According to Herbert, Weuve, Scherr and Evans (2013), 4.7 million Americans over the age of 65 were diagnosed with dementia. Audiology today (2014) reports 40% of those over 65 years old will present with hearing loss and 66% over 75 will have hearing loss. In 2011, a link between hearing loss and cognitive decline was discovered. How has hearing loss been linked to dementia?
Researchers at John Hopkins School of Medicine looked at 639 adults from 36-90 years of age for 12 years and monitored cognitive health and hearing health. While none of the subjects had dementia at the start of the study, 184 of the 639 subjects had some degree of hearing loss. Researcher, Otologist and Epidemiologist Dr. Frank Lin discovered a link between those who had hearing loss at the beginning of the study and those who developed dementia at the end of the study. Linn and his associates also found the greater the hearing loss, the more chance of developing dementia and with every 10 decibels of hearing loss, the likelihood of dementia increased by 20%.
In 2013, another study revealed similar results. Lin looked at nearly 2000 adults and found those with hearing loss experienced more loss of memory, concentration or thinking capabilities 40% faster than those with normal hearing. He also found accelerated rates of brain atrophy in those with hearing loss compared with those with normal hearing. Dr. Arthur Wingfield, professor of neuroscience at Brandeis University, studied brain volume using MRI’s and found that those with poorer hearing show that the frontal part of the brain works harder. Wingfield concluded that this effort to try to listen and comprehend may take a toll on cognitive resources.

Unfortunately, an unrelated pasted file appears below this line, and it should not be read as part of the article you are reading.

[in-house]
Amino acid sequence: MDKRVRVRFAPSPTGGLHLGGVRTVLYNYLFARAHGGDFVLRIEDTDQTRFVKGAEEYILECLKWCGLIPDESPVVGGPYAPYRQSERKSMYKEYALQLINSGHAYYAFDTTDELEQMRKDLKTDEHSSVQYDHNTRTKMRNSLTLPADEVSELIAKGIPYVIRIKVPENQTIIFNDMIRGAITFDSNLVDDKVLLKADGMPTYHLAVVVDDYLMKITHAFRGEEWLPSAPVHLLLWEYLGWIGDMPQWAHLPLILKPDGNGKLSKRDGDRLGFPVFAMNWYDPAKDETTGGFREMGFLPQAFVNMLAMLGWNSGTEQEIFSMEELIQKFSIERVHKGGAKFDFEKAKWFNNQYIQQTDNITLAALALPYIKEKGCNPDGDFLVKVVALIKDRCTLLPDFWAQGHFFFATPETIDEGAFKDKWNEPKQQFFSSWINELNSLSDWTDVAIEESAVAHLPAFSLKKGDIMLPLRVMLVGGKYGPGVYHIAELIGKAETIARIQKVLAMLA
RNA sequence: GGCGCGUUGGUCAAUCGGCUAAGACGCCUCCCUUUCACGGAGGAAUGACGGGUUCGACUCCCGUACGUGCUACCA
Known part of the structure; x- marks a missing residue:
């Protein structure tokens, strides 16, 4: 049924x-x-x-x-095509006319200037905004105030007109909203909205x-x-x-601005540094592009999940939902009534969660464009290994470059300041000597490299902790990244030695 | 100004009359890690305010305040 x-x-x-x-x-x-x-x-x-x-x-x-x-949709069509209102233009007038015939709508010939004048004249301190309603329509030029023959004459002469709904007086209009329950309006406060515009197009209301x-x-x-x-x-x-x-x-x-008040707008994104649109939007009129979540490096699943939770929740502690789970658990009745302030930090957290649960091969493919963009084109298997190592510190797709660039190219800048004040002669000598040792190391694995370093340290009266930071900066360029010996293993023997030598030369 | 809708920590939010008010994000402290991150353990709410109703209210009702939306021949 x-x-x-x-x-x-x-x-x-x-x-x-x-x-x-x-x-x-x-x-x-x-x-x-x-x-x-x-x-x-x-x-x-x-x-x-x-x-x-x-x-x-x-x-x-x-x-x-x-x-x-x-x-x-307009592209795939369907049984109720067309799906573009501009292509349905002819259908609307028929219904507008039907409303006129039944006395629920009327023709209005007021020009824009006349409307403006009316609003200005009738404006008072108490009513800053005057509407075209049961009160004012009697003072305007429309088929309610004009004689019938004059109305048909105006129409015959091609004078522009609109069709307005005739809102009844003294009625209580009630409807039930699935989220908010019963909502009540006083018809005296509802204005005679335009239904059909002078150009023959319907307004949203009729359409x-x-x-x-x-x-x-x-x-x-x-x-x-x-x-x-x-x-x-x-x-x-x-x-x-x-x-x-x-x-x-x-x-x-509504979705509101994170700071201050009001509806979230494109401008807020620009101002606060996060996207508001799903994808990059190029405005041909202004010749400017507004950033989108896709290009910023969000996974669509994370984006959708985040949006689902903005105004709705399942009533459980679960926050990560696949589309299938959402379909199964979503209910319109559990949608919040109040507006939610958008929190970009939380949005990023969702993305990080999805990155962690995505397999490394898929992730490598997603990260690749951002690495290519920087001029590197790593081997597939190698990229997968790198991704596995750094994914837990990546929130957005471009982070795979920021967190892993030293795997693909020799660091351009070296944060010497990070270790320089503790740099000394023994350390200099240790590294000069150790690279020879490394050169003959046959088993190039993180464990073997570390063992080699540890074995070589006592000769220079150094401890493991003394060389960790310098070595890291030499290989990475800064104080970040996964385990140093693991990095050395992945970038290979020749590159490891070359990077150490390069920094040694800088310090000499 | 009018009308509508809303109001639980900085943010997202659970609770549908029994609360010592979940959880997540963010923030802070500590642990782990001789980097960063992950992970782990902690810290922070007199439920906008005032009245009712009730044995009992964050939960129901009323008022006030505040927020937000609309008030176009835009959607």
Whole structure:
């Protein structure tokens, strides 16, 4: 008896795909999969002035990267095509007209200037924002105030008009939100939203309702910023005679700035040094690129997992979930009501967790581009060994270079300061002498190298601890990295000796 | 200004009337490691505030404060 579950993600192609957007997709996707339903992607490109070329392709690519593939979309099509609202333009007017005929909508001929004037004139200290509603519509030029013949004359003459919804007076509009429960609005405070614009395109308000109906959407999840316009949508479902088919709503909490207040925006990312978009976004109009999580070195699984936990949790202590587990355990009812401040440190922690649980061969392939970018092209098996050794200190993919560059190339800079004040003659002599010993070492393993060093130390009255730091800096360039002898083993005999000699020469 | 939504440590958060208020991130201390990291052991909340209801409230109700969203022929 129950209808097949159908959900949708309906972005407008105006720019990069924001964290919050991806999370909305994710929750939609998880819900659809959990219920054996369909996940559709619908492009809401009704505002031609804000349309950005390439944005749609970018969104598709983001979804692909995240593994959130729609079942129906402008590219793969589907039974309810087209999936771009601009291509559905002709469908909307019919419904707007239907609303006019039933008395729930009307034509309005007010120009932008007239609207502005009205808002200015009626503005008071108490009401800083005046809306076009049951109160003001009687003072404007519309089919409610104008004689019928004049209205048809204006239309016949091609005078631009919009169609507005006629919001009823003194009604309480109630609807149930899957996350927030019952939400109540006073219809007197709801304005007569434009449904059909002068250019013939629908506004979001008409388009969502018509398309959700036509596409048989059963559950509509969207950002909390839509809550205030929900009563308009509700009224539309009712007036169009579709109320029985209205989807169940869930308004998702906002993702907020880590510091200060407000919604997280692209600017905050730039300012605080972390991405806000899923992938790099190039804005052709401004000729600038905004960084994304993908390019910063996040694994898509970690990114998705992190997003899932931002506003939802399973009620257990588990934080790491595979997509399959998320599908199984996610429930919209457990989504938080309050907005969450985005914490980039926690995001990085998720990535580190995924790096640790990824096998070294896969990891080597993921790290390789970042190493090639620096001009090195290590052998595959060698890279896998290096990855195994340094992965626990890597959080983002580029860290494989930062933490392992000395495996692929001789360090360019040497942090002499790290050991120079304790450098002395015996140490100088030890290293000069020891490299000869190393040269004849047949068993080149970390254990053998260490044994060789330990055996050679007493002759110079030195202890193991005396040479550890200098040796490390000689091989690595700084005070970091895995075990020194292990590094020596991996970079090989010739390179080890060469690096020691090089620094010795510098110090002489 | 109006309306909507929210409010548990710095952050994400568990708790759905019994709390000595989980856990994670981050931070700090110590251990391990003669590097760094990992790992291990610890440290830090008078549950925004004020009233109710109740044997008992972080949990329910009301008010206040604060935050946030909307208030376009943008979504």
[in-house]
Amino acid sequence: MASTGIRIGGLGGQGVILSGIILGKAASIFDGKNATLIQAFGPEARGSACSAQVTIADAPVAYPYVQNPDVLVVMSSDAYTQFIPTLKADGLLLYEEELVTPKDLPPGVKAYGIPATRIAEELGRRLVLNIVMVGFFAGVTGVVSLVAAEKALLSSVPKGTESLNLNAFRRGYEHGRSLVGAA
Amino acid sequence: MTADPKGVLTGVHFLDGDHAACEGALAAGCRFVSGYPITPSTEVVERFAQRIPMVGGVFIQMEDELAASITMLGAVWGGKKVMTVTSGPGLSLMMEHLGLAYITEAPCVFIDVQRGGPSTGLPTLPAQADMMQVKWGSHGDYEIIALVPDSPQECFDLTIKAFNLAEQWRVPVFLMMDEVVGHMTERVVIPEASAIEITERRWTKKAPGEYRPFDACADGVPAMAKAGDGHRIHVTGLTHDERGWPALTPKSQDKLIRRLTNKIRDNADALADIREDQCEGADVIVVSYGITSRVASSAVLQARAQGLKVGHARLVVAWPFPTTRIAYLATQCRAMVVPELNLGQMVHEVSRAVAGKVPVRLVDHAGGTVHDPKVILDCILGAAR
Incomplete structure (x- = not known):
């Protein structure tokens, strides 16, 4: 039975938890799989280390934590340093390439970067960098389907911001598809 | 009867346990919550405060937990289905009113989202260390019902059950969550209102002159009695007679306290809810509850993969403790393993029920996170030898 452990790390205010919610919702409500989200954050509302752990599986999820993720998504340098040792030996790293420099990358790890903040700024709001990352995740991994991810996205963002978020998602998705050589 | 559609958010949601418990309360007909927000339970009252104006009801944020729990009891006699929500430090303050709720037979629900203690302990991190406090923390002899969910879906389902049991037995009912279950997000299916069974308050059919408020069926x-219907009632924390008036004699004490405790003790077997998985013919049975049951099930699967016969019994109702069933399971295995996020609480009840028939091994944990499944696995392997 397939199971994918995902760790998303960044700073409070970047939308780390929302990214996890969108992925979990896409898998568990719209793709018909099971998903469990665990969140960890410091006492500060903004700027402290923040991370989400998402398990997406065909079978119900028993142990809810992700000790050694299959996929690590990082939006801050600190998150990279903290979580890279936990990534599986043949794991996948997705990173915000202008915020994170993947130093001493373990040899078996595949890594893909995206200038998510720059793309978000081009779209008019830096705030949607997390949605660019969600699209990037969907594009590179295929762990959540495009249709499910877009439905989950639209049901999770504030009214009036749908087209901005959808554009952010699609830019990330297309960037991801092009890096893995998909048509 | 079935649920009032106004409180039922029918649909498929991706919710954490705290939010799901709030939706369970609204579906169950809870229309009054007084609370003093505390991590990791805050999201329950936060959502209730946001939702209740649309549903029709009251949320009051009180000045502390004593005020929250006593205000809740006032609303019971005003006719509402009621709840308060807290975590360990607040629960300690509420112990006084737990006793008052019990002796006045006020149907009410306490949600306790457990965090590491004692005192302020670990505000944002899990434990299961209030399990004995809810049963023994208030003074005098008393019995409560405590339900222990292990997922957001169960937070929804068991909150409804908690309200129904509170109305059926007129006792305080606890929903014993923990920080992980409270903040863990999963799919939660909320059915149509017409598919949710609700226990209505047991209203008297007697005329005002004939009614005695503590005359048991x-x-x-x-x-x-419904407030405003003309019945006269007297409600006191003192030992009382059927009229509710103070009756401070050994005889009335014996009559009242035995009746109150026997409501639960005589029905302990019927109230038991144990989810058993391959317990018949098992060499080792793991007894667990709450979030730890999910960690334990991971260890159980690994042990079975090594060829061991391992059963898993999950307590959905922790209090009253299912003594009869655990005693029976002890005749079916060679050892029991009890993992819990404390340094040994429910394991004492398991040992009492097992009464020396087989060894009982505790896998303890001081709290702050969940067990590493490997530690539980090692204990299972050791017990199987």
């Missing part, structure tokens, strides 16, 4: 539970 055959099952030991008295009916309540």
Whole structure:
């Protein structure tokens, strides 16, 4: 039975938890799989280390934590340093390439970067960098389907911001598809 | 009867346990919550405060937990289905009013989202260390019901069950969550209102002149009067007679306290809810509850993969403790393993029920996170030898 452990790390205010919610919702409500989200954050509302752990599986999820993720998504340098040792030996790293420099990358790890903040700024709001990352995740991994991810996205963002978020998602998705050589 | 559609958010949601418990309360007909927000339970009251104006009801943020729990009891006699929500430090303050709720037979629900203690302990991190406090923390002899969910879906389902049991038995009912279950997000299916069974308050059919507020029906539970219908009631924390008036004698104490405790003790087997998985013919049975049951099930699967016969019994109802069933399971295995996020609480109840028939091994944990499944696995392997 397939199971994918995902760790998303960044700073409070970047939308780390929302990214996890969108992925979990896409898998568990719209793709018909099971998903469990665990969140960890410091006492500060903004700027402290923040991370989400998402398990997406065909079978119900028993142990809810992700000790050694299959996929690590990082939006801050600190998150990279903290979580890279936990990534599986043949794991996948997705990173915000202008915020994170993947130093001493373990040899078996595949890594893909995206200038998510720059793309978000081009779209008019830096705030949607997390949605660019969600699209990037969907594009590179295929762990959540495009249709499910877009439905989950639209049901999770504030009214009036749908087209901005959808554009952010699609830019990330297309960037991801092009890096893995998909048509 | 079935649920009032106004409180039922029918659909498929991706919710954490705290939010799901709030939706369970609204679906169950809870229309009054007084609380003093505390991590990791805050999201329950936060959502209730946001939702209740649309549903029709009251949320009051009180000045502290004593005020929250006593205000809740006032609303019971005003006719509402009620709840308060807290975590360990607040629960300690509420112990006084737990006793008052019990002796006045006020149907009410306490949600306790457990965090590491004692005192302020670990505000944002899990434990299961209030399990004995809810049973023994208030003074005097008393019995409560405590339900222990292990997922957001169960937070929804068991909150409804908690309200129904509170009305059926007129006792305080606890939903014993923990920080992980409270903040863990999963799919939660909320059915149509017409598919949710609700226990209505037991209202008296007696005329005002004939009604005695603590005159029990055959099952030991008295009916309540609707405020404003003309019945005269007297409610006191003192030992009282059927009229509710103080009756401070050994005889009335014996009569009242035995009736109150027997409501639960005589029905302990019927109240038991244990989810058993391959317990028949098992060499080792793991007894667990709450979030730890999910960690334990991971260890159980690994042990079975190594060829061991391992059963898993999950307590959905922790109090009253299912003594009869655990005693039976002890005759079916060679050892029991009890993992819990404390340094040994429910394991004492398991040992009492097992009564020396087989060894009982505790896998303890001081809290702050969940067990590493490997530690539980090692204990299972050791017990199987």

This link of hearing loss and dementia is also backed by researcher Dr. Richard Gurgel. Gurgel (2014) studied 4400 adults over the age of 65 and found that those with hearing loss at the beginning of the study developed dementia at a higher rate and earlier than those with normal hearing.
Why is there a link?
Three Theories exist according to Lin:
- Cognitive Overload: The brain works harder to cope when sounds are degraded.
- Brain Atrophy: Hearing loss may contribute to accelerated rates of atrophy in parts of the brain that process sound, which may also involve vascular aspects.
- Social Isolation: Those who have difficulty hearing may withdraw from social situations. Numerous studies have found that a loss of engagement and loneliness are risk factors for cognitive decline.
Will treating hearing loss reduce the risk of dementia?
Frank Lin and his team are currently looking for answers and conducting a 5-year study with 800 older adults. Since we already know hearing impairment is independently associated with a 30-40% rate of accelerated cognitive decline, Lin will look at whether treating hearing loss will reduce this risk factor of dementia. In this study, some of the subjects will receive state-of-the-art hearing technology and others will only receive “wellness advice.” Cognitive decline of the subjects will be measured at the end of the study. If Lin’s study finds the risk factors for cognitive decline are modifiable, then recommending hearing loss treatment will become a priority. Results of this study could provide promising results.
I will keep you posted on new discoveries.
Herbert, L., Weuve, J. Scherr, P., Evans, D. (2013). Alzheimer disease in the United States (2010-2050) estimated using the 2010 census. Neurology 80, 1778-1783.
Jorgensen, L. (2014). Evaluation of hearing status at the time of dementia diagnosis. Audiology Today, 39-44.
Lin, FR, Albert, M. (2014). Hearing loss and dementia, who’s listening? Aging Mental Health, 18, 671-673.
Lin FR, Metter EJ, O’Brien RJ, Resnick SM, Zonderman AB, Ferrucci L. (2011). Hearing loss and incident dementia. Arch Neurology. 68,(2), 214–220. doi: 68/2/214 [pii] 10.1001/archneurol.2010.362
Lin FR, Yaffe K, Xia J, Xue QL, Harris TB, Purchase-Helzner EL, Simonsick E. (2013). Hearing loss and cognitive decline among older adults. JAMA Internal Medicine
Rokins, T. (2013). The links between hearing loss and dementia. The Huffington Post.